@agn_woj99 Are you desiring to include only one custom field in the search, or are you thinking that the code we’ve been talking about would only add one at a time? I’m not sure which you’re asking, but the code I’m using (which is the same as what rocio1011 posted several times) is from this page: https://adambalee.com/search-wordpress-by-custom-fields-without-a-plugin/ (Be aware that you need to make a small change described in the last comment below the post to work with newer versions of WordPress.) This code causes the regular WordPress search to include custom fields, including even custom taxonomies, which was important for me. It includes all of them, not just one.
I’m still hoping someone will come up with code that can exclude media from the search results, but that’s a different issue.
Your English is fine. (But if you want help translating, I recommend https://www.deepl.com/translator) All your comments were posted! 🙂 You can probably keep the first one and delete the rest.
The code you posted is exactly the same as what I’m using. But the search results include media items, not just posts. For example, see: https://japanharvest.org/?s=ellrick The first eight results are just images whose filename includes “ellrick”. I want to exclude media, but I don’t know how.
@rocio1011 It works for you to do what? Your code connects to a different hook than the other code snippets discussed earlier, so I’m not sure I can tell what it does or how to try it for myself. Can you explain a little more?
Yes, I know it’s not editing the database at all – I wouldn’t want it to. I just want it to find posts whose custom fields (including taxonomy terms) have a match to the search word. It does that successfully. The only thing I wish was different is that it lists not only posts but also media files, but I don’t want the media files to show up.
Judging from the way Adam Balée’s code augments the SQL query, it appears that the term names are already in the post meta table. Here are the two PHP statements in his code that modify the query (they are in separate functions, but clearly end up in the same piece of SQL):
$join .=' LEFT JOIN '.$wpdb->postmeta. ' ON '. $wpdb->posts . '.ID = ' . $wpdb->postmeta . '.post_id ';
$where = preg_replace( "/\(\s*".$wpdb->posts.".post_title\s+LIKE\s*(\'[^\']+\')\s*\)/", "(".$wpdb->posts.".post_title LIKE $1) OR (".$wpdb->postmeta.".meta_value LIKE $1)", $where );
In my case it’s not a custom post type, so that’s simpler. The code in https://adambalee.com/search-wordpress-by-custom-fields-without-a-plugin/ works, but it includes media files in the results (matching image filename or title – I’m not sure). Is there a way to restrict the results to only posts?
Even though, like ggeiger, I prefer code (cutting with a scalpel instead of a hatchet), I also tried ACF: Better Search. But it did even worse – it not only included media, but failed to even find posts that matched on a custom field I particularly care about, which happens to be structured as a taxonomy. Apparently that’s too hard for the plugin.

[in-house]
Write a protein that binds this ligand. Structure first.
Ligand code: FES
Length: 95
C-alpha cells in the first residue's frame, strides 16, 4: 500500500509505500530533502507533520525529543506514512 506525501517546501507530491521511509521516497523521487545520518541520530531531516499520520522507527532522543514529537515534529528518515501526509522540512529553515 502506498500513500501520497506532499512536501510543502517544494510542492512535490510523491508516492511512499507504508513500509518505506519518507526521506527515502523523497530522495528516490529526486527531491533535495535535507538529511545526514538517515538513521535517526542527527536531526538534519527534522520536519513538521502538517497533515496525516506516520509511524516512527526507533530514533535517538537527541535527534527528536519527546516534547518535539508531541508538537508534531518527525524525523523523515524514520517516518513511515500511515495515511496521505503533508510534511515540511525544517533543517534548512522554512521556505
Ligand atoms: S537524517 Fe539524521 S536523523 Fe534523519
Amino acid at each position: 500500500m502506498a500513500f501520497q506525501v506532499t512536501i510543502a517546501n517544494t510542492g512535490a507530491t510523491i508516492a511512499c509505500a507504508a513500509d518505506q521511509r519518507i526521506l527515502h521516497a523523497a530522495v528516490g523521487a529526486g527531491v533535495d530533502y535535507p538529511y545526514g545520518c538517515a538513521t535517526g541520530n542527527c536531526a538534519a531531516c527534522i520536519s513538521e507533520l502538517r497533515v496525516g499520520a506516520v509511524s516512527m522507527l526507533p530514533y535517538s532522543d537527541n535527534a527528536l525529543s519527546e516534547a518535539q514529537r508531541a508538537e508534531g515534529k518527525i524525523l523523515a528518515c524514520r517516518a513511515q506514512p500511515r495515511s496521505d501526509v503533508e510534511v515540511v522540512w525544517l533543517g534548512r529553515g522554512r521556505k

I’m apparently not doing it right. I added tjkelly’s final code snippet (minus the third “delete_user_meta” line, because I don’t have any custom post types code) to functions.php, saved the change, and then tried both Edit Post and Add Post. The custom fields group is still at the bottom (below the post content area where Gutenberg blocks go). I’m using WP 5.3.2 with Meks’ Voice theme, if that matters. I put the new code at the very bottom of functions.php, right before
Yes, I think I had tried to reset the conditional logic (at least, I know I went to Edit and verified that the logic was still there – I can’t remember for sure if I hit Save to refresh). I don’t think I checked for JS errors, or if I did, there weren’t any, because I would have reported them to you.
But now that I haven’t looked at that part of the site for awhile, it appears to have gotten well on its own – I have no idea why. But it was definitely failing consistently for a week or two, and it was frustrating because one field that should have been hidden is a required field, so I had to put dummy data in it to proceed.
If it happens again, I’ll check for JS errors and let you know my findings.
Okay, I finally figured this out on my own. I studied the get_field_object() function more deeply, and on this documentation page, in the “field_key vs field_name” section, there is a hint. It is not said directly, but apparently even if posts have been created that use the Field Group, if a filter causes the current query of posts (using the pre_get_posts hook) to return none of them, field_name won’t work. Even Elliot used the field_name in his tutorial, but in the case of a filter like this, you MUST use the field_key, even though it makes the code harder to read.
Ignore the first question – I gave up completely on allowing multiple selections, as it ran into too many problems and the case where we might need more than one is purely theoretical, so I decided to keep it simple for now.
But the second issue needs solving if I’m going to have these filters at all. As I said, the problem can easily be seen on the tutorial video at timecode 11:05, so it’s not something unique to my code. If anyone else has implemented such a filter, how did you deal with get_field_object() failing when the result set is empty? This looks like a bug in get_field_object() to me.
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